A New Method for Regularization Parameter Determination in the Inverse Problem of Electrocardiography
Johnston, PR and Gulrajani, RM, A New Method for Regularization Parameter Determination in the Inverse Problem of Electrocardiography, IEEE Transactions on Biomedical Engineering, 44, (1) pp. 19-39. ISSN 0018-9294 (1997) [Refereed Article]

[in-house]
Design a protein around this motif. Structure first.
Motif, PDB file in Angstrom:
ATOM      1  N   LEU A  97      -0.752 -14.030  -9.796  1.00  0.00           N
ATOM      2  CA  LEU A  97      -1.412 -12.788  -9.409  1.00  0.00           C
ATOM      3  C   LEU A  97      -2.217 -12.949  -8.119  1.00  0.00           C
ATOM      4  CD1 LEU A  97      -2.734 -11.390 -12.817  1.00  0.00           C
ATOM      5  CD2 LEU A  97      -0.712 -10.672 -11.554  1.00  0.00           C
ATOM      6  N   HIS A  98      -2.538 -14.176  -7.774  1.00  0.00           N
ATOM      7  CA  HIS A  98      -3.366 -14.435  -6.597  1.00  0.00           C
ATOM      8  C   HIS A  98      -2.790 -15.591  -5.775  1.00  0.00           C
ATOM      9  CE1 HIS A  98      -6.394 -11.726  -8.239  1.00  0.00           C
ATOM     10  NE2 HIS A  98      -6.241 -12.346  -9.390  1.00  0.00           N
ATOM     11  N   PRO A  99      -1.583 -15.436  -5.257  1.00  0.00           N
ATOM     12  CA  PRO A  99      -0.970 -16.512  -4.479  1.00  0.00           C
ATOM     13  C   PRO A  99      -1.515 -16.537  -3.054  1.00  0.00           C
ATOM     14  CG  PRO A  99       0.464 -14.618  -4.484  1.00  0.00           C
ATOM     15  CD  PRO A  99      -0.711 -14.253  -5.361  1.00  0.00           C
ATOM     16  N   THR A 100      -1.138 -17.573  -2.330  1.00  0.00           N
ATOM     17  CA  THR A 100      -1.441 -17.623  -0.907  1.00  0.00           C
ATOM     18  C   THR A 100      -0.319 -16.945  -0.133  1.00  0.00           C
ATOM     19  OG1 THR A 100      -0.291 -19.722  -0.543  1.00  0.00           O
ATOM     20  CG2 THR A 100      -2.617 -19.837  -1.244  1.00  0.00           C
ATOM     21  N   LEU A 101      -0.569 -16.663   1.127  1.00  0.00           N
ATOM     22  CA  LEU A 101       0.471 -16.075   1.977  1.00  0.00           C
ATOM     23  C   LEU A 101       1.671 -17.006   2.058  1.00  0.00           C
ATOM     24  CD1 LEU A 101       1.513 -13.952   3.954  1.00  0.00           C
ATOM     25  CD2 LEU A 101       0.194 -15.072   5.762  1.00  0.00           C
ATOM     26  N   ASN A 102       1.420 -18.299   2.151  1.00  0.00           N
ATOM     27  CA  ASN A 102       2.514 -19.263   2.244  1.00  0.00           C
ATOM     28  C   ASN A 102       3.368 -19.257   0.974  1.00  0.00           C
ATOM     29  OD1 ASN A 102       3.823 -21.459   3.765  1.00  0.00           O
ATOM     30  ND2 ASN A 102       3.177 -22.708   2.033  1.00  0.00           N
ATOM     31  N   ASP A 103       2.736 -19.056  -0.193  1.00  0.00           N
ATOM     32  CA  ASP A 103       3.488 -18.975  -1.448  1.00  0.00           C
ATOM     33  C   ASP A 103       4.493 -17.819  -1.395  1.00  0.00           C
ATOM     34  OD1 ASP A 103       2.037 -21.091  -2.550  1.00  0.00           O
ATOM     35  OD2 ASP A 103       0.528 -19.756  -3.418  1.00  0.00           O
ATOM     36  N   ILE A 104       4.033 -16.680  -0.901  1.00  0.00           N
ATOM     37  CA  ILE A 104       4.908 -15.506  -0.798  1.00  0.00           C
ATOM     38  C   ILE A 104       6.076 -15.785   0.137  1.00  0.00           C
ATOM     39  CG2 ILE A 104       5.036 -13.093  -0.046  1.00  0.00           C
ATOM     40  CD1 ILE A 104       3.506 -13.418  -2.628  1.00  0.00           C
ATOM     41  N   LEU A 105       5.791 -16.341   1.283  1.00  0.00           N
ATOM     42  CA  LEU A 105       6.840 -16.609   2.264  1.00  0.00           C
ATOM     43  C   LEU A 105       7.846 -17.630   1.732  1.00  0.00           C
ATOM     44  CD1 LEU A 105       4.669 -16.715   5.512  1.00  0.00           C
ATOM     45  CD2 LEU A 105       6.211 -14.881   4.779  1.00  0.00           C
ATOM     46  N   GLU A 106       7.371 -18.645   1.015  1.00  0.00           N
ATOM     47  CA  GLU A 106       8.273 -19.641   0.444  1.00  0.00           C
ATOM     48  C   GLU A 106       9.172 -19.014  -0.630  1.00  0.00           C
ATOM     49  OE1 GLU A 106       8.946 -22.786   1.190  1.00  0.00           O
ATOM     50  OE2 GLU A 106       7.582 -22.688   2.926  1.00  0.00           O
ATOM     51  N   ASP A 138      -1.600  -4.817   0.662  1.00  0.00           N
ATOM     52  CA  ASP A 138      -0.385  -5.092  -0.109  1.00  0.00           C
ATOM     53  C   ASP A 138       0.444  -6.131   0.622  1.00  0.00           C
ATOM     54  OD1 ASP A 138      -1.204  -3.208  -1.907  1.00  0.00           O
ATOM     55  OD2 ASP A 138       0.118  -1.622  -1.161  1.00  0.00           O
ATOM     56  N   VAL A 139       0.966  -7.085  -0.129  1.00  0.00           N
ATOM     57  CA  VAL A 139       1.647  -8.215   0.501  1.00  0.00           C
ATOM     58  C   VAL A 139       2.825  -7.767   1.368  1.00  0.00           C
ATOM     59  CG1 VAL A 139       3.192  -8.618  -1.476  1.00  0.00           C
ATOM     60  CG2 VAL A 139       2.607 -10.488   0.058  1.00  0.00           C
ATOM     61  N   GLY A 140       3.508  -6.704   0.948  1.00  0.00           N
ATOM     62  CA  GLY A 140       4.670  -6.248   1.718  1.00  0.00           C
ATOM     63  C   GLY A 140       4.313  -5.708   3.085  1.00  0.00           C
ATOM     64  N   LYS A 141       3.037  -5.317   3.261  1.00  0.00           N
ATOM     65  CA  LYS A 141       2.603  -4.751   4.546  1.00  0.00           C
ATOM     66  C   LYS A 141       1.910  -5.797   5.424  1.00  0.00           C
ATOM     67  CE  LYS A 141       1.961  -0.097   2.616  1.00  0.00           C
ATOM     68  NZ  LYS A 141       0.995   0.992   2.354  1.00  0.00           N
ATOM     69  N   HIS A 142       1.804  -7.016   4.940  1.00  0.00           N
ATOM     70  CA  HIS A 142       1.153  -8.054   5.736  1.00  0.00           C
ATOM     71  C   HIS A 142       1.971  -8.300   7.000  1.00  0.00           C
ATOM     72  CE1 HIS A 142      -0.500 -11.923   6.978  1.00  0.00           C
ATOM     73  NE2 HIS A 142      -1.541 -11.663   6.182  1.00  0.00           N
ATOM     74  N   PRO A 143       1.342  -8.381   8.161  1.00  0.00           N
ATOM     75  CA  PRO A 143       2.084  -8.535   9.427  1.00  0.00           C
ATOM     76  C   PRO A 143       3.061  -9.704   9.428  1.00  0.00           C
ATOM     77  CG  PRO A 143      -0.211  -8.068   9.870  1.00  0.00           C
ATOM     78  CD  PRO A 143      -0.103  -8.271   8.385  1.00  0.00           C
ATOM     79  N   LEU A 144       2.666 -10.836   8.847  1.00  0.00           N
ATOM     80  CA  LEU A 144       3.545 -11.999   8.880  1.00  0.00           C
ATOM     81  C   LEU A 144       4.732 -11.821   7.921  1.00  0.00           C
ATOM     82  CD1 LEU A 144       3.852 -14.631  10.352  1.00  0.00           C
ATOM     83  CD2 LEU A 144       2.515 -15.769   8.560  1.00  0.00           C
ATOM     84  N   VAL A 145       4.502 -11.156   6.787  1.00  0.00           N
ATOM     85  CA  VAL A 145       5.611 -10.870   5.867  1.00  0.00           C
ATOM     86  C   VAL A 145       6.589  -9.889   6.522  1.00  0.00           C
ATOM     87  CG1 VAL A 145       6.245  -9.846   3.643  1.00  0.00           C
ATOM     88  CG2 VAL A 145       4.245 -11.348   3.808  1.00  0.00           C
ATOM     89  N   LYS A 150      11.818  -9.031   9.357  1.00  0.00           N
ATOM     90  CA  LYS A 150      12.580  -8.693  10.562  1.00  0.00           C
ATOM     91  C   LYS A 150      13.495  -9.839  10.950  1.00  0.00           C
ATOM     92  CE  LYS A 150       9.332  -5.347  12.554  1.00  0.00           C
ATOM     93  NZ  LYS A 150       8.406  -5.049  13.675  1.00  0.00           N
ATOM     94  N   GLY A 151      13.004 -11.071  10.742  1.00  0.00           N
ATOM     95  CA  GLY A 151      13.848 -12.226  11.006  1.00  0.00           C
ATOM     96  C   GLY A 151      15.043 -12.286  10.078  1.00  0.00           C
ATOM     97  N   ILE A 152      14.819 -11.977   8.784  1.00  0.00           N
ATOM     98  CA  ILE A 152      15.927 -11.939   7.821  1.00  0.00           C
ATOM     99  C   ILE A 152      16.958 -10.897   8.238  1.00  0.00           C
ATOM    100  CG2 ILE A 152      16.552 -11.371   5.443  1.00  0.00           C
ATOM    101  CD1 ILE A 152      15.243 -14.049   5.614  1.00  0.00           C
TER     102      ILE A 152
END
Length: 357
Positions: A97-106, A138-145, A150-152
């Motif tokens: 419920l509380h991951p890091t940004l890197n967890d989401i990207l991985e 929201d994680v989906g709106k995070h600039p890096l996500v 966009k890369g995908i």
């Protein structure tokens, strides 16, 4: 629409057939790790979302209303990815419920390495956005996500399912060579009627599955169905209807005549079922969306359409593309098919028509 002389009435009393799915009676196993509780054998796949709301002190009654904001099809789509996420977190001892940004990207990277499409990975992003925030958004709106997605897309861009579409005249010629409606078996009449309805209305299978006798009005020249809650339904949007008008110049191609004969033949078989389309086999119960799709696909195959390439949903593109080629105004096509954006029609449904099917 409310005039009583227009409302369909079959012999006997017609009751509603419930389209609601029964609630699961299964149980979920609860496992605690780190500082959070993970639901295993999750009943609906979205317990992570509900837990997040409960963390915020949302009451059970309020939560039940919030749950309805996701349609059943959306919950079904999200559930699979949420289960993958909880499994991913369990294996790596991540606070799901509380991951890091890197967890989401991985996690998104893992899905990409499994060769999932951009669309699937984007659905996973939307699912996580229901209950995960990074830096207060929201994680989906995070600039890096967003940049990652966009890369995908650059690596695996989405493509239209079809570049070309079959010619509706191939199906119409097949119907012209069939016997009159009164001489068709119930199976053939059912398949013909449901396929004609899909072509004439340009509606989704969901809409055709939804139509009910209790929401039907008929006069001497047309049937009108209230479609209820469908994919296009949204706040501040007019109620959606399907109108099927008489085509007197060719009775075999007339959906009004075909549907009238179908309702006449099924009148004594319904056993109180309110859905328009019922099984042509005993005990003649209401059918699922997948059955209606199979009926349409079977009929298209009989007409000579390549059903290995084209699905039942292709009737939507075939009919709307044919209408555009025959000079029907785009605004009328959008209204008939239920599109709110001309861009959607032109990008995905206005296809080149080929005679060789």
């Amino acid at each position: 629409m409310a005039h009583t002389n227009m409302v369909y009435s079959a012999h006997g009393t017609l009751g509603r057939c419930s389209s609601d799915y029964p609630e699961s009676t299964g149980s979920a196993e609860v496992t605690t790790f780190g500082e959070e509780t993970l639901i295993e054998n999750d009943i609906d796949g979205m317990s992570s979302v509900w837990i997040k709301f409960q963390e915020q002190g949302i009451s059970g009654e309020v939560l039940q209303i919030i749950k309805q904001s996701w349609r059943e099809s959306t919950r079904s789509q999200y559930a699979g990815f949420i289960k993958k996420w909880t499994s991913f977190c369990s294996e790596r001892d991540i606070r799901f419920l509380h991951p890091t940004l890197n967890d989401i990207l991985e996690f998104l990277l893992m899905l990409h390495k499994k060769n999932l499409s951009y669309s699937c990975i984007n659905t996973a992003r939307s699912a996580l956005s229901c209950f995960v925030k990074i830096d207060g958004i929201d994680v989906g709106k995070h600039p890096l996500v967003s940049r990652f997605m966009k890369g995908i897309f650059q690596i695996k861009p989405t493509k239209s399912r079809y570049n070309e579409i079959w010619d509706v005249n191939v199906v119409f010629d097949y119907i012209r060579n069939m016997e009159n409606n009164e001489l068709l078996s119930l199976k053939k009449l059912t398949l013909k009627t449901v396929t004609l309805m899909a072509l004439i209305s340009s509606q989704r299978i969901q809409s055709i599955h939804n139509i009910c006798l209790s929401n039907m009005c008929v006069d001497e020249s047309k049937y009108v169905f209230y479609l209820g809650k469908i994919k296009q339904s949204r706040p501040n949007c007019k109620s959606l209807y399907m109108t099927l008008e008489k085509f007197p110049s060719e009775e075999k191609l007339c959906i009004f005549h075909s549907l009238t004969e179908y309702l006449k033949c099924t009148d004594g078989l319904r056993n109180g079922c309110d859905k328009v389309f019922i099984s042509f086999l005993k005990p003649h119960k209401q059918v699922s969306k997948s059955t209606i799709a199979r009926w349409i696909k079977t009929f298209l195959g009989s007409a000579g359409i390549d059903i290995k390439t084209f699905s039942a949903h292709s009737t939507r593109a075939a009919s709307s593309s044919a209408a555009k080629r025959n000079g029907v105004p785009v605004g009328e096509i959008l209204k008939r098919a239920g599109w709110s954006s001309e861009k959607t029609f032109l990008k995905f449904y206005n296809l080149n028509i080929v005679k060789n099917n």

Computing the potentials on the heart's epicardial surface from the body surface potentials constitutes one form of the inverse problem of electrocardiography. An often-used approach to overcoming the ill-posed nature of the inverse problem and stabilizing the solution is via zero-order Tikhonov regularization, where the squared norms of both the surface potential residual and the solution are minimized, with a relative weight determined by a so-called regularization parameter. This paper looks at the composite residual and smoothing operator (CRESO) and L-curve methods currently used to determine a suitable value for this regularization parameter, t, and proposes a third method that works just as well as is much simpler to compute. This new zero-crossing method selects t such that the square norm of the surface potential residual is equal to t times the squared norm of the solution. Its performance was compared with those of the other two methods, using three simulation protocols of increasing complexity. The first of these protocols involved a concentric spheres model for the heart and torso and three current dipoles placed inside the inner sphere as the source distribution. The second replaced the spheres with realistic epicardial and torso geometries, while keeping the three-dipole source configuration. The final simulation kept the realistic epicardial and torso geometries, but used epicardial potential distributions corresponding to both normal and ectopic activation of the heart as the source model. Inverse solutions were computed in the presence of both geometry noise, involving assumed erroneous shifts in the heart position, and of Gaussian measurement noise added to the torso surface potentials. It was verified that in an idealistic situation, in which correlated geometry noise dominated the uncorrelated Gaussina measurement noise, only the CRESCO approach arrived at a value for t. Both L-curve and zero-crossing approaches did not work. Once measurement noise dominated geometry noise, all three approaches resulted in comparable t values. It was also shown, however, that often under low measurement noise conditions none of the three resulted in an optimum solution.